I do it, you do it, we all do it.

I hate Justin Bieber, he is a worthless human being. I fucking loathe David Cameron and everything he stands for. I wish Piers Morgan was more dead than the possum I hit with my car last week.

That's fine, right? They can take it. They're famous. And rich, to boot.

Why is that ok?

When you have nothing, you don't fear being torn to shreds by the mob. You stand up and you call bullshit when you see it. But then when you start to do well... when you start to make a name for yourself... when you start to make money or have a certain number of Twitter followers, the spotlight turns to you.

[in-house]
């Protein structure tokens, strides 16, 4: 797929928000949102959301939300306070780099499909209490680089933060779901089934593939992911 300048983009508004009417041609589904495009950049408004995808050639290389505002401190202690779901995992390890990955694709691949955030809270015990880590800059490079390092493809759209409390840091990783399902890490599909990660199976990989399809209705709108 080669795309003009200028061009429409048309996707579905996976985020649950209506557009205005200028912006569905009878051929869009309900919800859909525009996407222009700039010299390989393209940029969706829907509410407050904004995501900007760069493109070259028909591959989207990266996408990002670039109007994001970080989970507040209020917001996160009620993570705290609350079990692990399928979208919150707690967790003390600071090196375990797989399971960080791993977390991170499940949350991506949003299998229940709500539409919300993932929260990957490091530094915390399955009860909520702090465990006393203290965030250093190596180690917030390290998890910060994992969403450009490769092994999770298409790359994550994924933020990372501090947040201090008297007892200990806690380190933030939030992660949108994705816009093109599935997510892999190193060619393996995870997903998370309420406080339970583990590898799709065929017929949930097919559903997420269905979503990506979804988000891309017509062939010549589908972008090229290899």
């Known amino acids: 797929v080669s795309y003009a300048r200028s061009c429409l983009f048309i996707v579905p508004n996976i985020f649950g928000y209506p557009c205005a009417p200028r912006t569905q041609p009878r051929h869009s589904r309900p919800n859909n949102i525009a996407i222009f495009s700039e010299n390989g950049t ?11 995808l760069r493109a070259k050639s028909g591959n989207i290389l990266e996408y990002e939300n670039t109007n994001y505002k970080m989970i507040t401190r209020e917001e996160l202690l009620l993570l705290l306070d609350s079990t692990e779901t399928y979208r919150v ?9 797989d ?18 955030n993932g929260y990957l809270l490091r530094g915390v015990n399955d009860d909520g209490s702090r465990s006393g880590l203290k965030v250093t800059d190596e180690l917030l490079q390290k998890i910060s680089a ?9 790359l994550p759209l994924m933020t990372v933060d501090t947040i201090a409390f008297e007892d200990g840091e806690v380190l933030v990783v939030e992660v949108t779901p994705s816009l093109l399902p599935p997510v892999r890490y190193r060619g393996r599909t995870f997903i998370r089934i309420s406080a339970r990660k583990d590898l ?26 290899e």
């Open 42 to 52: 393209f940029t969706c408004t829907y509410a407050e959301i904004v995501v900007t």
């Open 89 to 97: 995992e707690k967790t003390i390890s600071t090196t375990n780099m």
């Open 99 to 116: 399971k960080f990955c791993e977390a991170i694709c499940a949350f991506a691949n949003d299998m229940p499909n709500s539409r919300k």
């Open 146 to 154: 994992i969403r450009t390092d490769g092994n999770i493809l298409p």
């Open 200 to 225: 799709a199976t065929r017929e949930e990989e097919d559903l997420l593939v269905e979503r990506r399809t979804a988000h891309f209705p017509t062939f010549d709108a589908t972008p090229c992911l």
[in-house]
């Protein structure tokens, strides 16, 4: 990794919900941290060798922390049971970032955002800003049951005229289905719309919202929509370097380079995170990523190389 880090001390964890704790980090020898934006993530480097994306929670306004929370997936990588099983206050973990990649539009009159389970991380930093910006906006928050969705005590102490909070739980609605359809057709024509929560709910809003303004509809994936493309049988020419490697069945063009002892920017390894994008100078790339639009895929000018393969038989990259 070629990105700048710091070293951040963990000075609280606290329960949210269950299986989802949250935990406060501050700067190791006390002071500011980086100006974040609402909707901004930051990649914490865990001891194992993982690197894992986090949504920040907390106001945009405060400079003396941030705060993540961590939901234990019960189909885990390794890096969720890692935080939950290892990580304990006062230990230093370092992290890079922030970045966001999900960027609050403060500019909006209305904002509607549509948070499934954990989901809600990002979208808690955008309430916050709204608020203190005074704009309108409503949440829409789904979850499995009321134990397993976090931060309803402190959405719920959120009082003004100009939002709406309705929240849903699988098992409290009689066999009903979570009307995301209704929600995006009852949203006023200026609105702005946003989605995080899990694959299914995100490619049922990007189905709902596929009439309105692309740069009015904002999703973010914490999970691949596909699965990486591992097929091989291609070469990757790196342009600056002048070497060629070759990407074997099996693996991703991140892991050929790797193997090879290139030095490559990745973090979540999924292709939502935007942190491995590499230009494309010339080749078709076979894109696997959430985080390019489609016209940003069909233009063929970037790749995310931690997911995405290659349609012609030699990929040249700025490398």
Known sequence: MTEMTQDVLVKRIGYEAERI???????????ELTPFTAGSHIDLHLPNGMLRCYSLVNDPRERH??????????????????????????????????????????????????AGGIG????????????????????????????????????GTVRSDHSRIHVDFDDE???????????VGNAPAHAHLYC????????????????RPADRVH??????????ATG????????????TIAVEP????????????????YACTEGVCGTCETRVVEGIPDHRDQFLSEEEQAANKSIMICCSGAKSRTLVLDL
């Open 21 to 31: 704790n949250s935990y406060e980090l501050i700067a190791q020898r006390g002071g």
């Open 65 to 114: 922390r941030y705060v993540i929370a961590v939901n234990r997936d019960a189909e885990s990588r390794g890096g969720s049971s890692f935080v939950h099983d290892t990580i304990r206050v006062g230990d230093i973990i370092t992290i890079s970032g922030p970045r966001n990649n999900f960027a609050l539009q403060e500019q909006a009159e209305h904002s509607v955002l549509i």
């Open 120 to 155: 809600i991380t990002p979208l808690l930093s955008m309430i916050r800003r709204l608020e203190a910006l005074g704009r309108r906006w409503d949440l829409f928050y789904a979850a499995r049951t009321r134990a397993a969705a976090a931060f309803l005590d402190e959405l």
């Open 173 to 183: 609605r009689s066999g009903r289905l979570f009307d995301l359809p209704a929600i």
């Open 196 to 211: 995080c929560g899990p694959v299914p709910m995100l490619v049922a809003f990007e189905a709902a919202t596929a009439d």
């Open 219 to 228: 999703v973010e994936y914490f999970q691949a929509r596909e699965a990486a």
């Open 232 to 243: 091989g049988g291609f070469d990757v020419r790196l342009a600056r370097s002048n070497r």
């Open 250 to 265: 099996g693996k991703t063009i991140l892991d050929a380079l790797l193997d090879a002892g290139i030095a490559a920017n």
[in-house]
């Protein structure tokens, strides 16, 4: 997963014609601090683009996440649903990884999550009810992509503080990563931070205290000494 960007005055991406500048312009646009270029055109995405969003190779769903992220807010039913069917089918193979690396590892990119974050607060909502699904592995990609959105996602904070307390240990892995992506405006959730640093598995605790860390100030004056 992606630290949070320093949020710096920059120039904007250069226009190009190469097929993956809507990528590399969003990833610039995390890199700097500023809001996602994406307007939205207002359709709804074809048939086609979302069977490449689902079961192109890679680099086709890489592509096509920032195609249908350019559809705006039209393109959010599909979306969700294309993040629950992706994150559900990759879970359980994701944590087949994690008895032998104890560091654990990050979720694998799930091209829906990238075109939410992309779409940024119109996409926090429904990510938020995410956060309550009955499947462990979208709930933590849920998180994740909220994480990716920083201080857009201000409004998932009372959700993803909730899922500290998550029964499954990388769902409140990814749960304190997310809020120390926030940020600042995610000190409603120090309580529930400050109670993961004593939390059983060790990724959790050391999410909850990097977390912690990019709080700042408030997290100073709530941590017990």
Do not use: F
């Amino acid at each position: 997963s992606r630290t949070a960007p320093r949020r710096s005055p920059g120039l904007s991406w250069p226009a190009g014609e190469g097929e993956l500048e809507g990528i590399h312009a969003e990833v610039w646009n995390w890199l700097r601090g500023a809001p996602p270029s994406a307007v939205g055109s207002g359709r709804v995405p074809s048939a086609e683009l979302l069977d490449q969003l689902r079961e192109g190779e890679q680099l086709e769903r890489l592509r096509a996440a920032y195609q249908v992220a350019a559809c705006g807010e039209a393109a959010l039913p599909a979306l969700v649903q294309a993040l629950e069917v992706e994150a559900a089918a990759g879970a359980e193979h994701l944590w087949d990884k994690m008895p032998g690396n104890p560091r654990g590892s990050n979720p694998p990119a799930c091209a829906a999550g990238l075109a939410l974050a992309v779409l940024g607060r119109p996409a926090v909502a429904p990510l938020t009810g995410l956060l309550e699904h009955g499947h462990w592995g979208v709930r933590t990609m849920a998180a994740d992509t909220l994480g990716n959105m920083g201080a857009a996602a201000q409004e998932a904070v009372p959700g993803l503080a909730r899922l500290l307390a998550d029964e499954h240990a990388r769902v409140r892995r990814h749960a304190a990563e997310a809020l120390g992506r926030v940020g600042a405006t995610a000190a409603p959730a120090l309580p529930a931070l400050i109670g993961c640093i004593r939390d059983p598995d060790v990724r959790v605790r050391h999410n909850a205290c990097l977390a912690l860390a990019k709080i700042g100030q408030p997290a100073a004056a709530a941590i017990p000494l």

You start to be more diplomatic and politically correct. You start to mould yourself into the shape of what everyone else expects you to be, because if you aren't that, then the mob is waiting like it's Lord of The fucking Flies.

Electric fences start to pop up all around you. Issues which you don't even go near because touching them, in any way, is fatal. You can't talk about sexism any more, because one wrong move there is career-ending. You don't call out the bullshit industry awards, because you're nominated to win some of them. You fail to draw attention to the morally bankrupt venture capitalists and journalists, because then they might not write about you or give you money any more.

So you mellow. And slowly but surely you turn into the very thing that you once rebelled against so strongly in your first album. When you had a voice. When you actually fucking stood for something.